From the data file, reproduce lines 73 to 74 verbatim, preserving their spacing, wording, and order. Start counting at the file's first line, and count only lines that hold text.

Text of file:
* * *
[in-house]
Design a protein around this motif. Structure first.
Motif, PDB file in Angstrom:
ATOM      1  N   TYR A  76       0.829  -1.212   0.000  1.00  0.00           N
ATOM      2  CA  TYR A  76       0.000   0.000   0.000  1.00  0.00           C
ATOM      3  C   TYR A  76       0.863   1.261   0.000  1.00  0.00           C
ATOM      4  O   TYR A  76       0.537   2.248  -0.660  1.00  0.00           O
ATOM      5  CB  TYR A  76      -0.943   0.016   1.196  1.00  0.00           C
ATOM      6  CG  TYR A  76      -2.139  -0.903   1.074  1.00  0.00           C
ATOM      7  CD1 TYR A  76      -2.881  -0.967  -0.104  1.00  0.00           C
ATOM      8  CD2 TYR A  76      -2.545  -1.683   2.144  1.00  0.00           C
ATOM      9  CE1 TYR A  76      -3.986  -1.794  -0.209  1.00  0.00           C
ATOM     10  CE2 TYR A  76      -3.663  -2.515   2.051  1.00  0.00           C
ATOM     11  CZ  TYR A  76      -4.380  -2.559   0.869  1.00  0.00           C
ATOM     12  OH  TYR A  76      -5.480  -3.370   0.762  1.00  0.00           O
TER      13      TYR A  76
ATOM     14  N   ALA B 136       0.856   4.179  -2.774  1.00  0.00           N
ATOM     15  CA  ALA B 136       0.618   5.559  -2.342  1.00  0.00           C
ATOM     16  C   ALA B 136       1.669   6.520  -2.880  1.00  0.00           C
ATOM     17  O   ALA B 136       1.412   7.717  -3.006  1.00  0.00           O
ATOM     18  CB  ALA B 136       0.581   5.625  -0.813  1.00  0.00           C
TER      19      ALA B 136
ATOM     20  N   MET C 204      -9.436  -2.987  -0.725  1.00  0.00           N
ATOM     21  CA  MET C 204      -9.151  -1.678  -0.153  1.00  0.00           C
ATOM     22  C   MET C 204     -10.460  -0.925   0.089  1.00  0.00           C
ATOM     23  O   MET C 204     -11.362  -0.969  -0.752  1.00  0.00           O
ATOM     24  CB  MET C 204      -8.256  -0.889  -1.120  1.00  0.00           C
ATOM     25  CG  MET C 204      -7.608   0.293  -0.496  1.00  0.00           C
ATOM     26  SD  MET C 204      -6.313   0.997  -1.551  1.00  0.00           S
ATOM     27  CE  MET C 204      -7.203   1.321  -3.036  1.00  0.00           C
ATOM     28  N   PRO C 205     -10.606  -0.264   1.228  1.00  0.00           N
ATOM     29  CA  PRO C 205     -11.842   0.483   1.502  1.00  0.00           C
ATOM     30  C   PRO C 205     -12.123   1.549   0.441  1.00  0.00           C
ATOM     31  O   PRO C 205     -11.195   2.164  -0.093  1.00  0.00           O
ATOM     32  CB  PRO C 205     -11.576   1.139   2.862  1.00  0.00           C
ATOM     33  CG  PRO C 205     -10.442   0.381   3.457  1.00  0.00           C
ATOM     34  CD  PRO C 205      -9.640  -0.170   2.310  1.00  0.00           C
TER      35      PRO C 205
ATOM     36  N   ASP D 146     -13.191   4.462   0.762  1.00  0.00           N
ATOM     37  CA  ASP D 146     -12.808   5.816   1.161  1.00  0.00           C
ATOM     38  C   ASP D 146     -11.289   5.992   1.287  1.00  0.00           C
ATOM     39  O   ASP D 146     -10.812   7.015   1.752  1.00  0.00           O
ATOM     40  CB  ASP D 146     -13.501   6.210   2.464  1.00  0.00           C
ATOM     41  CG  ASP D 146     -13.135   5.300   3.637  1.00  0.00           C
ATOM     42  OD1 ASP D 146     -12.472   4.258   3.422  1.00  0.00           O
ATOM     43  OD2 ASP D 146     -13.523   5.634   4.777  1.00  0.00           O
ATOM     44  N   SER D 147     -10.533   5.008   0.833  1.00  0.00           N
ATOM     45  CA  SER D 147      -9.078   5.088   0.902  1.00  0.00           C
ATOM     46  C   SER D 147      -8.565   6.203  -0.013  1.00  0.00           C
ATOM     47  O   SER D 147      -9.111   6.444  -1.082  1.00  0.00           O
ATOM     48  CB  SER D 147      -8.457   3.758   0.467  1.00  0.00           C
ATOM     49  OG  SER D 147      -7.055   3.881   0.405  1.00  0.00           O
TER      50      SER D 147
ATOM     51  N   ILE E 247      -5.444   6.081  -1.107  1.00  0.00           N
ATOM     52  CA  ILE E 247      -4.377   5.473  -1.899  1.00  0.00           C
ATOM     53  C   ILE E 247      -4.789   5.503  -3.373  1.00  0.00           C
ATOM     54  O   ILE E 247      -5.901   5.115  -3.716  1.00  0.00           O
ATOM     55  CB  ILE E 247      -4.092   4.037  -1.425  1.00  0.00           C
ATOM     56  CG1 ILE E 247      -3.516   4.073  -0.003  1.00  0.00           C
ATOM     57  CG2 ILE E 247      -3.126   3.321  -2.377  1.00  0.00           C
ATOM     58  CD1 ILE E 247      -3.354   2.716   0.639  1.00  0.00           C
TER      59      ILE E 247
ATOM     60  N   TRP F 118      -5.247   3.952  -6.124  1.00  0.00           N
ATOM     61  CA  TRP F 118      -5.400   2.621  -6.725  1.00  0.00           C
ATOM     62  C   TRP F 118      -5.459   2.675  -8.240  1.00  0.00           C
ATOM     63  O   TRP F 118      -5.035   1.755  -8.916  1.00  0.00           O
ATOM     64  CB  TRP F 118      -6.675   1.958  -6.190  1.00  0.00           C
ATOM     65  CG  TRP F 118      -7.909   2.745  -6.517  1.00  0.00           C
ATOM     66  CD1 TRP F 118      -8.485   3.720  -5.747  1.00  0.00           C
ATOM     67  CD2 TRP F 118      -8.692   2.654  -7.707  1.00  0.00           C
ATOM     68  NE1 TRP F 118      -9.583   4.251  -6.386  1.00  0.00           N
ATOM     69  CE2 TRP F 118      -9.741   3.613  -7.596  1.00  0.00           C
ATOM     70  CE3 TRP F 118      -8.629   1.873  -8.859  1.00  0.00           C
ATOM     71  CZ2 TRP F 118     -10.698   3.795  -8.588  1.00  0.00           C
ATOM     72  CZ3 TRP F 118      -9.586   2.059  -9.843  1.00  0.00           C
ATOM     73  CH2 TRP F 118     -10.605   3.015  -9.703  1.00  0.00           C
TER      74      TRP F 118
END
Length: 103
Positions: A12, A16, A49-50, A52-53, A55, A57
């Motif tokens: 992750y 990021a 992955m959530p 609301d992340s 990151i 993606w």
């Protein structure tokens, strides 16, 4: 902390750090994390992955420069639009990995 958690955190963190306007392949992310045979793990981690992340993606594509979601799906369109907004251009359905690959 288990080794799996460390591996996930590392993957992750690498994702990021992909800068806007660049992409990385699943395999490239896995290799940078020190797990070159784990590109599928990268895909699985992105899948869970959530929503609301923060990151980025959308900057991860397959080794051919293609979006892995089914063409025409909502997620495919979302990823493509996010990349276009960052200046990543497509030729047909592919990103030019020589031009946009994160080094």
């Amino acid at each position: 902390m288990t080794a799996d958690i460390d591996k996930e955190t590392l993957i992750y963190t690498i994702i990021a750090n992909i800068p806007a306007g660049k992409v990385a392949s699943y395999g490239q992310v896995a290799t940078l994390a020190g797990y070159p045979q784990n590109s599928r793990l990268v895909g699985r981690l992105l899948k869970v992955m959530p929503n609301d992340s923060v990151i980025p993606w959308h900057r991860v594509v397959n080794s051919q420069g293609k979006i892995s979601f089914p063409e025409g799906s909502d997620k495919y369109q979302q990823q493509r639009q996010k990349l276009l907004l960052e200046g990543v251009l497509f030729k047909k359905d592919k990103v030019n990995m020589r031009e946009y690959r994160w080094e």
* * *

ATOM     70  CE3 TRP F 118      -8.629   1.873  -8.859  1.00  0.00           C
ATOM     71  CZ2 TRP F 118     -10.698   3.795  -8.588  1.00  0.00           C